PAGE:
3. To determine what the data mean, that is, what actually has been collected rather than assuming that the interview is a straightforward process of interviewees answering a given question.
4. To learn how field notes of the interview process can enhance the researcher’s understanding of the metacommunication situation and improve its subsequence analysis.
5.  To identify metacommunicative errors in the interview that can lead to insights about the interview process.
6.  To reflect upon how ones’ race, class, age, gender, sexual orientation and other abilities influences the interview situation.

 

Methods Module: Ethnographic/Qualitative Data Analysis
Description by Setha Low
This module is organized as an ongoing practicum for the intensive training of graduate students in qualitative data analysis of unstructured and semi-structured interviews and field notes. Weekly meetings will utilize student fieldwork experience and data collected as the basis for discussion and critique of different qualitative data methods and techniques. Topics will include: coding, content analysis, grounded theory forms of analysis, conversational analysis, other forms of data analysis and writing up of qualitative data for publication.

 

Participatory Democracy and Social Movements
Description by Celina Su
This seminar takes a look at what ordinary citizens do to shape public programs and engage in politics— in ways other than voting. We explore the notion that popular participation can make democratic governance more legitimate, fair, and effective. Is participatory democracy— alternatively called bottom-up participation, maximal democracy, or direct democracy— really better? Specifically, we will examine forms and functions of civil society from a comparative perspective by looking at specific examples of (1) participatory institutions (neighborhood councils, urban budgeting, school governance, etc.), (2) participation in non-governmental organizations and development projects, and (3) social movements around the world (landless people’s movements, transnational networks, mothers of political dissidents who have “disappeared,” AIDS protest groups, etc.). Sometimes, these three categories blur into one another. We will try to focus on case studies in “Global South” middle-income countries like Brazil, Argentina, India, and South Africa, though we also include domestic cases as a point of reference. How much should ordinary citizens participate in policymaking, and how? Under what circumstances? We will pay special attention to equity in participation, uses and construction of identity, and policy impacts in each case.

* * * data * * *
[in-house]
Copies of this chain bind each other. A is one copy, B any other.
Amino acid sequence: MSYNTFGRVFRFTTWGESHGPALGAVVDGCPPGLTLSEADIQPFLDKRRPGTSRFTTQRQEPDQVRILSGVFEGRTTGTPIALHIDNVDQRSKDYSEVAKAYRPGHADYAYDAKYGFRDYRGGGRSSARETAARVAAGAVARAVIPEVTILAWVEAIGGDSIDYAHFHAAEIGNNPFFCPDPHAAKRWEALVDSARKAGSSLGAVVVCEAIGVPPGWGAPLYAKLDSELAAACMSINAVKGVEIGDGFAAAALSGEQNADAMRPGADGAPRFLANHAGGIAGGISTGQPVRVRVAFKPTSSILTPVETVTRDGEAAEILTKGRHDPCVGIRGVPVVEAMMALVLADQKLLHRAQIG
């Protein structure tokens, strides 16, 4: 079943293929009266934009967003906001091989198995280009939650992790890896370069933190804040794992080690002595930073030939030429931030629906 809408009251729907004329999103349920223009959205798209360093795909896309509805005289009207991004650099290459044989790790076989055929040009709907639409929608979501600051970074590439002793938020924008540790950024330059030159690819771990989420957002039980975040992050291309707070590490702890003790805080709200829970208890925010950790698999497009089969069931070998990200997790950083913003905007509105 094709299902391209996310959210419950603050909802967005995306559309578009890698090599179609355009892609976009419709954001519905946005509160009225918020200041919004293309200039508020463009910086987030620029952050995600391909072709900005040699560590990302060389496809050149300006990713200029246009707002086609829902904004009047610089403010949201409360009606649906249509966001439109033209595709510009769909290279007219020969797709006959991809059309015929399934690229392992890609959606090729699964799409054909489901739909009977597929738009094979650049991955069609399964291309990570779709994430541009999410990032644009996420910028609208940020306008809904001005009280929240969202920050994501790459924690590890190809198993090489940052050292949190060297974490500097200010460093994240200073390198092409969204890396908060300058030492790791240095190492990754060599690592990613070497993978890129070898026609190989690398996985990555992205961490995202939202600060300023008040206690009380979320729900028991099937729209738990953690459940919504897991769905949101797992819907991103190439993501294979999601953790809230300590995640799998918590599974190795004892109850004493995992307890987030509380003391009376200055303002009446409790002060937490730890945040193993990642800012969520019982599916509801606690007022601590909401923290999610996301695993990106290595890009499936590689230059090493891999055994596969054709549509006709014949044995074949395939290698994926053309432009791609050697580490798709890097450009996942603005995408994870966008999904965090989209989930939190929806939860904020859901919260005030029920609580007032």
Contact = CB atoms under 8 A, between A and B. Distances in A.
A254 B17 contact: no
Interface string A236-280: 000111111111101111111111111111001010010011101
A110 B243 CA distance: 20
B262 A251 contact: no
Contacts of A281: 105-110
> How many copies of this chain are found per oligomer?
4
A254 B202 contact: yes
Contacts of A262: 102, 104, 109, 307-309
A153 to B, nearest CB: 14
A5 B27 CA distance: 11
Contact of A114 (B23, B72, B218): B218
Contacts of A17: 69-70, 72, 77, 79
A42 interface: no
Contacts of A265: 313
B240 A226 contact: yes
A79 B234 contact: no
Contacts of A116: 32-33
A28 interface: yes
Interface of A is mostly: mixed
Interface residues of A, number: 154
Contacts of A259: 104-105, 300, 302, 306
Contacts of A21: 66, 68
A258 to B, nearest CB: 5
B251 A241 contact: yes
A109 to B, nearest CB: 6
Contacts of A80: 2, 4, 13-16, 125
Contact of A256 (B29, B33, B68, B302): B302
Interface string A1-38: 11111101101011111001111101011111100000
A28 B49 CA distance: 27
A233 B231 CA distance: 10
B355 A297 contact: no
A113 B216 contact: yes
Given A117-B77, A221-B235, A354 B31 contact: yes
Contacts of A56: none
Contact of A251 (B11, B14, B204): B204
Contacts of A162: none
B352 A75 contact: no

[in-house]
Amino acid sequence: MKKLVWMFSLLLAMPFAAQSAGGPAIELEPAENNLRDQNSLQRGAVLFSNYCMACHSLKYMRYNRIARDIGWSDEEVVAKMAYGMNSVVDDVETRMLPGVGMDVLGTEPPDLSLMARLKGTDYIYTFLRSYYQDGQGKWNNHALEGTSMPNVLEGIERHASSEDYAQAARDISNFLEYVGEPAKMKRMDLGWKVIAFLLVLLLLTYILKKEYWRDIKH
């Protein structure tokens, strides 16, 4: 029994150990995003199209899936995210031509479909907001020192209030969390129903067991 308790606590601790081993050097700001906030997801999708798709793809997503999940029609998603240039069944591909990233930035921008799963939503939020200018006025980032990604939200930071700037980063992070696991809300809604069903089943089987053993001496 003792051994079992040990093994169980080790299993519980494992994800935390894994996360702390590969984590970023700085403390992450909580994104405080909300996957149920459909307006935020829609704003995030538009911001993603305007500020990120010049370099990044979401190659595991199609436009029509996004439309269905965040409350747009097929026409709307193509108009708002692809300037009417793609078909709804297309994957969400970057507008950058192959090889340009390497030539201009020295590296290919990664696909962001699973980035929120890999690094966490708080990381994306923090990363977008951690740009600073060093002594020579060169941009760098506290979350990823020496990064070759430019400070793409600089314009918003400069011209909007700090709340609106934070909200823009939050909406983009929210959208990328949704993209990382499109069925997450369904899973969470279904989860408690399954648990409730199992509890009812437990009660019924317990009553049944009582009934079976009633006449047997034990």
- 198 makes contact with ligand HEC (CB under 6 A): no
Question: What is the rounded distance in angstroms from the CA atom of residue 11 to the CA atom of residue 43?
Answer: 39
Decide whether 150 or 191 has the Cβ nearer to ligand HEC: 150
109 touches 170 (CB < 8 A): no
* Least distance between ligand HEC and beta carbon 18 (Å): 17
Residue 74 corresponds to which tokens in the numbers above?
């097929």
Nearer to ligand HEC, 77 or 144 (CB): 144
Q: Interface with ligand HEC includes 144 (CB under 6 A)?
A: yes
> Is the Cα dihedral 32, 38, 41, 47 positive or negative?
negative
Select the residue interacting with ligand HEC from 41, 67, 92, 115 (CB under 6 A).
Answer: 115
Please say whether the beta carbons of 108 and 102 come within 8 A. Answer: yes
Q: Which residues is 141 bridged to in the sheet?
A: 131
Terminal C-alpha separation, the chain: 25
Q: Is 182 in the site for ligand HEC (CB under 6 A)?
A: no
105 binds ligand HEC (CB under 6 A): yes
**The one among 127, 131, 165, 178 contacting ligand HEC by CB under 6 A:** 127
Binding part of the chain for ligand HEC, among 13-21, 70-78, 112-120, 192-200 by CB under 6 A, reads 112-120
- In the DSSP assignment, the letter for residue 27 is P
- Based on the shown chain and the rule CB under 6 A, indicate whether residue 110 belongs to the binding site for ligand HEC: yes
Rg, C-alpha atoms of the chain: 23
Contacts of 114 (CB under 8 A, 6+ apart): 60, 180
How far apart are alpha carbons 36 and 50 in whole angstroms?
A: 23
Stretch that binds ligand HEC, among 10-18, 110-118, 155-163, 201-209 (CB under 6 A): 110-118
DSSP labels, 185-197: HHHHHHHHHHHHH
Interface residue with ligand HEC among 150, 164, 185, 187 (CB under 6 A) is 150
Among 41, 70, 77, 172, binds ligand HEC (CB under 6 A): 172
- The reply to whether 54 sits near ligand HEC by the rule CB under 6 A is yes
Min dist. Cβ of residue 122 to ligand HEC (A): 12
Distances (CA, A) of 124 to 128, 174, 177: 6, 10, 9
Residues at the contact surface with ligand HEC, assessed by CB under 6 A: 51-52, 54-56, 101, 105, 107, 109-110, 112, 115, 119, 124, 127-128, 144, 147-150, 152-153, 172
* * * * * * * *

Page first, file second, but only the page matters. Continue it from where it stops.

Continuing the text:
Politics of Public Space
Description by Setha Low
This course begins with an exploration of what it means for space to be public particularly in the urban environment.  Course readings cover the economic, social, political, and cultural ideas of what public and publicness means and the ways that this “publicness” is worked out spatially. A variety of public spaces—parks, plazas, libraries, streets, sidewalks, and beaches—where publicness is produced and contested are examined, and students will select public spaces to study as part of the learning process. This course also reviews the ways in which political expression and negotiation among constituencies occur in the public space. It considers the concepts of the “right to the city” and social justice as political ideals for public space and current trends such as privatization, surveillance, and securitization as expressions of conflict. The course organization is based on the major concepts and processes evident in public space with a focus on how they have been understood theoretically and ethnographically.

 

Research Methods and Ethics
Description by Susan Saegert
The aim of this course is to help students construct a critical framework for developing, conducting, and interpreting research. This will involve: 1) Understand the ontological and epistemological foundations of different approaches to research design and methods;
2) Critically evaluate published research papers in the social sciences;
3) Develop alternative research strategies that might be employed for various problems in the social sciences.
Coursework will include discussing and critiquing readings from philosophy of social science, from methods texts, and from empirical reports from multiple research traditions.  Students will also practice the skills of research by developing multiple approaches to their own research questions.

 

Statistical Methods in Psychology
Description by Brett Stoudt
The purpose of this course is to help you learn and apply the foundations of statistical thinking. More specifically, by the end of this first semester of a two-semester course you will increase your knowledge in the following areas:
1. Statistical Concepts: You will develop an understanding of the beginning and intermediate level statistical concepts.
2. Statistical Mathematics: You will be able to calculate by hand some of the important statistical equations.
3. Statistical Software: You will learn how to competently use two statistical programs: SPSS and SAS
4. Statistical Literacy: You will become a more aware and critical consumer of statistics in the media, policy, and research

 

Supportive Settings and Restorative Environments
David Chapin